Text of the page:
The Nice Guys is packed with laughs, great acting

By Thomas Simpson
Contributor

After a brief stint in the Marvel Cinematic Universe (see Iron Man 3), director Shane Black returns with the slick and stylish buddy comedy, The Nice Guys. Jackson Healy (Russell Crowe) is a no-nonsense enforcer who has no qualms in beating people up for a fair price. He is hired by a missing girl, Amelia (Margaret Qualley), to get private eye Holland March (Ryan Gosling) off her case.

At first, Jackson complies, roughing Holland up and delivering a clear message to back off. After an encounter with a couple of thugs, Jackson soon realizes that Amelia is in danger which results in him forming an uneasy alliance with the man he injured.

Black is no stranger to a successful buddy movie having written the widely influential Lethal Weapon. The Nice Guys imbues many similar themes except here there is no by the book model cop to play off the wacky loose cannon, instead Jackson’s own honorable code grounds Holland’s scamming and sleazy PI with the latter’s family life doing the same for Jackson. It’s Holland’s 13-year-old daughter Holly (Angourie Rice) that provides the moral compass of the duo with the young actress excelling in a solid role with deft writing preventing her from being the annoying child sidekick.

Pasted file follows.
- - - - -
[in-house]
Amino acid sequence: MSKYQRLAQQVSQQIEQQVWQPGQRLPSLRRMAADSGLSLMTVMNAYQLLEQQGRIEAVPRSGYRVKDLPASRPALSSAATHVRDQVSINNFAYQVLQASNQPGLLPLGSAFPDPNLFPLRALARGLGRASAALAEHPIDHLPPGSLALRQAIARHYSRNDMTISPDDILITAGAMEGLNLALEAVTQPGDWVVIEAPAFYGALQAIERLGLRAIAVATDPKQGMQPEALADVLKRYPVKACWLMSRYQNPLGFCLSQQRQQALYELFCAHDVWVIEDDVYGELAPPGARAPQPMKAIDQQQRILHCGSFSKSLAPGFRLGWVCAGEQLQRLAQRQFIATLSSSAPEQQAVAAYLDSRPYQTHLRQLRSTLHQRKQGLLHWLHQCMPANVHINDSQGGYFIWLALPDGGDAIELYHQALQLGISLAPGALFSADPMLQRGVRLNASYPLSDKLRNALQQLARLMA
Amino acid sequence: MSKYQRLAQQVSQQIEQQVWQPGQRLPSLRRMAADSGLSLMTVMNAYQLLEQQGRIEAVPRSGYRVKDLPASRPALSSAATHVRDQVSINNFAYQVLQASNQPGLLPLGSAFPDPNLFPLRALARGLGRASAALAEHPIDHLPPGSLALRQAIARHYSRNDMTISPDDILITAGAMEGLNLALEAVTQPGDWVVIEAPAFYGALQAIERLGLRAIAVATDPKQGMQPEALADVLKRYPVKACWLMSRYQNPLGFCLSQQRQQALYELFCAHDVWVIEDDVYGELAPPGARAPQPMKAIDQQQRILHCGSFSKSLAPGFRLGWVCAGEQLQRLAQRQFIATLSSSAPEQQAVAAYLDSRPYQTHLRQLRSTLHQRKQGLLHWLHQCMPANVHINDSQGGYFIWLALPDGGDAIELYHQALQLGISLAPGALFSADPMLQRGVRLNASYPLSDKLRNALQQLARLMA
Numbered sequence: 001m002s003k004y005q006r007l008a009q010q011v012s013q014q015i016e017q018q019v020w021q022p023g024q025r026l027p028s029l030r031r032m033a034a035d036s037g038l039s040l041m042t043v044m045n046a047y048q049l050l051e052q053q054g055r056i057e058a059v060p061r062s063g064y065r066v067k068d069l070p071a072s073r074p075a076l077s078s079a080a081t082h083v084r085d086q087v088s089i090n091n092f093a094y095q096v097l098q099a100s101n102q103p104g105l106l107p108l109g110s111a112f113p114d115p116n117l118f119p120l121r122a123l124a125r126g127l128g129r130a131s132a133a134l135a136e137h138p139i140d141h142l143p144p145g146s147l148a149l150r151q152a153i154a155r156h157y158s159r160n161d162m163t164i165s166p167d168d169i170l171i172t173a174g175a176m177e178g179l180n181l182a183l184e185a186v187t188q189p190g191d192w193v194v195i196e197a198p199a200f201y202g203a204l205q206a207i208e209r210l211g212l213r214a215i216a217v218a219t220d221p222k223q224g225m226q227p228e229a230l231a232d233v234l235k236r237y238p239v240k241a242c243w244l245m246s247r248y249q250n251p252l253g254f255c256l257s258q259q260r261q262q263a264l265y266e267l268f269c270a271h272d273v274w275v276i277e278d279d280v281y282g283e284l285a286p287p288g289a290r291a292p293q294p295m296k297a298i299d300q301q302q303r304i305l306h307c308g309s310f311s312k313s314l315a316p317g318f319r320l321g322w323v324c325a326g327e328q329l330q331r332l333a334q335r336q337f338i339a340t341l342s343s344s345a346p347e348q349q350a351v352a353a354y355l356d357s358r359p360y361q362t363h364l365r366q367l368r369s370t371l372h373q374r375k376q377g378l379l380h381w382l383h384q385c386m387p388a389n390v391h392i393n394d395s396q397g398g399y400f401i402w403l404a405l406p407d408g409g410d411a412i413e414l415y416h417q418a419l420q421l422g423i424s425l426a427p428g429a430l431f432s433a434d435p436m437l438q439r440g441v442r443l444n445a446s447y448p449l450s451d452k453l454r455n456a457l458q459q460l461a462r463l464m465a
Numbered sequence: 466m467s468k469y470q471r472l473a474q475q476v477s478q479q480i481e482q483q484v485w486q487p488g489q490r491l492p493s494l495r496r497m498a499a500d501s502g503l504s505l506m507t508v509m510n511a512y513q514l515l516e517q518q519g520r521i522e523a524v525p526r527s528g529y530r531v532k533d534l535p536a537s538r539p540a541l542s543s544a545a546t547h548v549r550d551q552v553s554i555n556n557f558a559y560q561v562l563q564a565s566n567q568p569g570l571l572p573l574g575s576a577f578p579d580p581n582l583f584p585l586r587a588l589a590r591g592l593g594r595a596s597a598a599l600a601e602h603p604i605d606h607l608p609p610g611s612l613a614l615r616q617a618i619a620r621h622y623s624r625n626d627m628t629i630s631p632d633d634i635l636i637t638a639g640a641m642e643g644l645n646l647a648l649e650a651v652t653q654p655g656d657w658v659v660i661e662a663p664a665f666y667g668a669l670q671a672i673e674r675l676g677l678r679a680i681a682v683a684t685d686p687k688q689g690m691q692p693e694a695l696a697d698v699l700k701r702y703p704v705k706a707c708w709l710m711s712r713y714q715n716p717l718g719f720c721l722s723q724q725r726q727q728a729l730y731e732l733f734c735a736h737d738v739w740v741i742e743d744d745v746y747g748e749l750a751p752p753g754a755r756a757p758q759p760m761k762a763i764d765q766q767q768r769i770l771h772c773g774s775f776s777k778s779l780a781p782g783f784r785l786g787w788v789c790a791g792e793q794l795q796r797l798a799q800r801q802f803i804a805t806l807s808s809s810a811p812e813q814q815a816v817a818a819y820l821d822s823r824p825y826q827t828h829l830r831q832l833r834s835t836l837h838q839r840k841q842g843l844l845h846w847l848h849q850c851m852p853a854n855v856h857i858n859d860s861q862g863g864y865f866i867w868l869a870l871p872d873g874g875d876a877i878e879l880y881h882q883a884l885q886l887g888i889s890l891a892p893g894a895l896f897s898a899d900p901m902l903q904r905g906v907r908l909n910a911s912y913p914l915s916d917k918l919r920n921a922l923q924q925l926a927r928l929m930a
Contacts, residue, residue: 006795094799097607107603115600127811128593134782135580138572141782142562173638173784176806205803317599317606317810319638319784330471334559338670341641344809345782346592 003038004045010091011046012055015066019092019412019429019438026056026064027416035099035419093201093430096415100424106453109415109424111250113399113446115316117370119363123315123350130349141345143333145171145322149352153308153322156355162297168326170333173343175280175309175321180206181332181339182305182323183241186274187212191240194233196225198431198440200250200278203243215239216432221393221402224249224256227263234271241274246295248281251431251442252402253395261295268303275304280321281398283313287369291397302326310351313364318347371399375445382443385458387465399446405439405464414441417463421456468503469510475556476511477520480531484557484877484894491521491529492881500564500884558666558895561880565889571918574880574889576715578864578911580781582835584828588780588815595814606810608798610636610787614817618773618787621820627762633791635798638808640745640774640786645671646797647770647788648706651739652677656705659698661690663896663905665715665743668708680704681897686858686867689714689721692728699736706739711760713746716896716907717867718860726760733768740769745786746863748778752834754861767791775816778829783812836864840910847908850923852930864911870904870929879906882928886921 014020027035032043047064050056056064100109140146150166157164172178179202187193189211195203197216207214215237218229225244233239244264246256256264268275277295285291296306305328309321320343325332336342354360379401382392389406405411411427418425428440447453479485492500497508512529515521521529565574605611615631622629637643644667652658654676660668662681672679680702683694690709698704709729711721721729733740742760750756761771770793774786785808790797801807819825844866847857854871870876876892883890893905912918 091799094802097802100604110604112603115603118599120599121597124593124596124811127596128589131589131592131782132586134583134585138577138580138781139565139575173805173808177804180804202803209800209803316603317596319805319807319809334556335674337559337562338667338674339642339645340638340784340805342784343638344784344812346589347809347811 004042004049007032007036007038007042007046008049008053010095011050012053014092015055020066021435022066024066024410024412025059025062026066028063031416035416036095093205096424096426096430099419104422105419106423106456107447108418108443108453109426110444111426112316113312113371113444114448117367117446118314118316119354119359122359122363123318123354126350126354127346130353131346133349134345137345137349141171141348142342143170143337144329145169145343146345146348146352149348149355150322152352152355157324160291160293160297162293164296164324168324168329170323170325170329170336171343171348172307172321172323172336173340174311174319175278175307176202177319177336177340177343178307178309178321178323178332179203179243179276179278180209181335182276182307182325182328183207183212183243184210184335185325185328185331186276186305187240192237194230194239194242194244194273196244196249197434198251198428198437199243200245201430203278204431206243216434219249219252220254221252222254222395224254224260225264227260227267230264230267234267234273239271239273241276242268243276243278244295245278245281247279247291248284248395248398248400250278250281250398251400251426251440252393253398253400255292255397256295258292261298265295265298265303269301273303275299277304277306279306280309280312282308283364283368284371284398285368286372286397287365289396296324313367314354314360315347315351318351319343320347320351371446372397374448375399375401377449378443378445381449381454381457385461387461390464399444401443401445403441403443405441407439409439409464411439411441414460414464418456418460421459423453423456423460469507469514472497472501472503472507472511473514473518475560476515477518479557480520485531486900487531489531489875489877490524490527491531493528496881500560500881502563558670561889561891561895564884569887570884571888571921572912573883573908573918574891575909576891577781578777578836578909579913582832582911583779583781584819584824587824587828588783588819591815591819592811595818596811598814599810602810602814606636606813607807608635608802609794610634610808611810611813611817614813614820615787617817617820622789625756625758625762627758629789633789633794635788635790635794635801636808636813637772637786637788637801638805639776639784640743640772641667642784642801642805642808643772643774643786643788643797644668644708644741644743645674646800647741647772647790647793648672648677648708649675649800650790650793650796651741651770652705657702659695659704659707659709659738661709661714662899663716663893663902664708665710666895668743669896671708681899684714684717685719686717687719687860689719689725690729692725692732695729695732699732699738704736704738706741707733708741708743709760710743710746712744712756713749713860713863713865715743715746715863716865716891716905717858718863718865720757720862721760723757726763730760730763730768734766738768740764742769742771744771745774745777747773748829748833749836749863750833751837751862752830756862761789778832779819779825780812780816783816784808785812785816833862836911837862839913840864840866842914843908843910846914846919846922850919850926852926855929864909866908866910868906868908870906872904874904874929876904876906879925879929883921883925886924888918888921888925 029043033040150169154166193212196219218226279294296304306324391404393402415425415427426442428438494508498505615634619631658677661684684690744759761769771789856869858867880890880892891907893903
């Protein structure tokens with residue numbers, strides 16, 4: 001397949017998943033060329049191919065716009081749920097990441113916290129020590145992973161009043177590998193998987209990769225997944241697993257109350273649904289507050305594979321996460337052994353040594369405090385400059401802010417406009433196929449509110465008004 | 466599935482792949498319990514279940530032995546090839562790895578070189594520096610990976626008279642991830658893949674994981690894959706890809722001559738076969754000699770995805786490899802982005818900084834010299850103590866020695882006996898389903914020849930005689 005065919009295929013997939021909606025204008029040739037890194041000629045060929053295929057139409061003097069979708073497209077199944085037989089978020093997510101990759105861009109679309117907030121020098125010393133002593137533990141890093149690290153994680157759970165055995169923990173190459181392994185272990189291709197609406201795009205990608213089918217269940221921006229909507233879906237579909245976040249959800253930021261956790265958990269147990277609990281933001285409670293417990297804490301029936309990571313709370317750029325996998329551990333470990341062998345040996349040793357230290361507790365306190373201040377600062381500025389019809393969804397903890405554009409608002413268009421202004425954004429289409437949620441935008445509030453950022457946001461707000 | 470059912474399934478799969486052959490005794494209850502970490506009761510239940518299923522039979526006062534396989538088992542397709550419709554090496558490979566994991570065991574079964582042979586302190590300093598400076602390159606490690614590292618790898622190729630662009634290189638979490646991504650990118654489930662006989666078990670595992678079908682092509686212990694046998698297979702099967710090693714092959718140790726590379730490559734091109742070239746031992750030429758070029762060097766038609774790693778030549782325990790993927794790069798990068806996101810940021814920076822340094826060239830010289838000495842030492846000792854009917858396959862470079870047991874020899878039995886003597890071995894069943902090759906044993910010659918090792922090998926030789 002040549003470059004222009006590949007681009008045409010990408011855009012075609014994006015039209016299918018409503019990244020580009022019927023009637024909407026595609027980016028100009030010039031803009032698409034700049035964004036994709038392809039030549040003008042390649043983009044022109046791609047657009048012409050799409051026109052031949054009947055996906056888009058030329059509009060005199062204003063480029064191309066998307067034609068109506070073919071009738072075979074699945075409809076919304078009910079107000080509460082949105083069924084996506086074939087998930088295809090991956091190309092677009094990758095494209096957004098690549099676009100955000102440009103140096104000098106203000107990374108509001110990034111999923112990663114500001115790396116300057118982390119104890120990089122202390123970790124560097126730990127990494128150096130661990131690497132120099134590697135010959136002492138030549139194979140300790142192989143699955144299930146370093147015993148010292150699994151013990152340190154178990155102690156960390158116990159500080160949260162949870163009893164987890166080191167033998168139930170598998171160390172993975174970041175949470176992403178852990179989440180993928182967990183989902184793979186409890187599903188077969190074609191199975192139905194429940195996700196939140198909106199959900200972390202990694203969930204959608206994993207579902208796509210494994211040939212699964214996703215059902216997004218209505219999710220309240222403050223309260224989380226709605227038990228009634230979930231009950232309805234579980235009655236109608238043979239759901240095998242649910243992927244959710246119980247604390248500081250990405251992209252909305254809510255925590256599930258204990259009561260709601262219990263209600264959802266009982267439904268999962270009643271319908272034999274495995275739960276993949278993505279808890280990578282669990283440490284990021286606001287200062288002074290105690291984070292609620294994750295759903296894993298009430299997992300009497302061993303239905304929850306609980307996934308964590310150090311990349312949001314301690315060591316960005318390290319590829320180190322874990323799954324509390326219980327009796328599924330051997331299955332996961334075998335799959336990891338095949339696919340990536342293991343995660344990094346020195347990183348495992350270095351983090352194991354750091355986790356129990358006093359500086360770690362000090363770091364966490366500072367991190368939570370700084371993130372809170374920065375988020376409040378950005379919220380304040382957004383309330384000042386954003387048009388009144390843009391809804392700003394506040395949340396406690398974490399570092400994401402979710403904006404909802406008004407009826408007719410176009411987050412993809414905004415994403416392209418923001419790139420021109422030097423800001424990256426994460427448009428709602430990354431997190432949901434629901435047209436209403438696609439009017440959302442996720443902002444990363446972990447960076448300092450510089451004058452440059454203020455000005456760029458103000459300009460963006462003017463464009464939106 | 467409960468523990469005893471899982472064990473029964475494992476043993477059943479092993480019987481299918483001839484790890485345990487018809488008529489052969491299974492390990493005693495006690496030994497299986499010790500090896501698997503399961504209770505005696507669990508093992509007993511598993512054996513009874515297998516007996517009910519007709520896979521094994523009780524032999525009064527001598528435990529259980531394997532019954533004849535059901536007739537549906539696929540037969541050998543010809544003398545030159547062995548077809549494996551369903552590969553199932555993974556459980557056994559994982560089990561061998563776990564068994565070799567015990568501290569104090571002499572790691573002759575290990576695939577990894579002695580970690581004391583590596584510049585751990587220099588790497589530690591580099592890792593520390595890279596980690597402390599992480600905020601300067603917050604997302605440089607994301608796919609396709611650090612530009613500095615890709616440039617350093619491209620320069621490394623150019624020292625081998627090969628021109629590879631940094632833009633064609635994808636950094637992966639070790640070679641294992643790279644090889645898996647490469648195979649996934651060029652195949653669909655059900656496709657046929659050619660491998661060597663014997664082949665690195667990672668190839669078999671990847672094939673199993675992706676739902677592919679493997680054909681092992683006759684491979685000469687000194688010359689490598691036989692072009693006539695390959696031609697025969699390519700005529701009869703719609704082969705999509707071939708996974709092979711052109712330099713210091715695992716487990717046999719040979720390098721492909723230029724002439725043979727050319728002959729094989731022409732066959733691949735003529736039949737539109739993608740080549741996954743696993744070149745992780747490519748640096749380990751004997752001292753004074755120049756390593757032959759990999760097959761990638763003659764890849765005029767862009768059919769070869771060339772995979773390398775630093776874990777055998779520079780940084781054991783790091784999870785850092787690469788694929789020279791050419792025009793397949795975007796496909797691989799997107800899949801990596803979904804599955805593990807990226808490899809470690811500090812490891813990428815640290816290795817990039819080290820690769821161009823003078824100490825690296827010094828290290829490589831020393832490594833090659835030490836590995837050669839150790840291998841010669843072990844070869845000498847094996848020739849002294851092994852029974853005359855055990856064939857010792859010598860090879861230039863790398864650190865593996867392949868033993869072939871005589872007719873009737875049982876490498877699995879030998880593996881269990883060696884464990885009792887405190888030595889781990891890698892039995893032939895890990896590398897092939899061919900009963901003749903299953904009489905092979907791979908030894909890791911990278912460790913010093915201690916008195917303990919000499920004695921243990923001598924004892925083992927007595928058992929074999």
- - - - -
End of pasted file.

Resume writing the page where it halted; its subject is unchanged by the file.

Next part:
Crowe’s surly and burned out tough guy is a joy to watch but it’s Gosling that steals the show with his hilarious performance that airs on the right side of parody. His smooth demeanor pairs well with his slimy morals, yet it’s his likability that draws you to the character. Black and co-writer Anthony Bagarozzi don’t shy away from clichés and tropes in the writing but they complement the script as opposed to drag it down. The film is very self-aware and despite the comedic nature, the tone is able to turn on a dime and silence the laughter as effortlessly as it starts.

The overall plot is a little convoluted as a greater conspiracy unravels, however this is merely a McGuffin and not worth investing too much thought into. Instead, sit back and enjoy the laughs thanks to the great acting and slick writing.

Thomas Simpson is a writer and filmmaker based in Glasgow, U.K. Find him on Twitter: @Simmy41.

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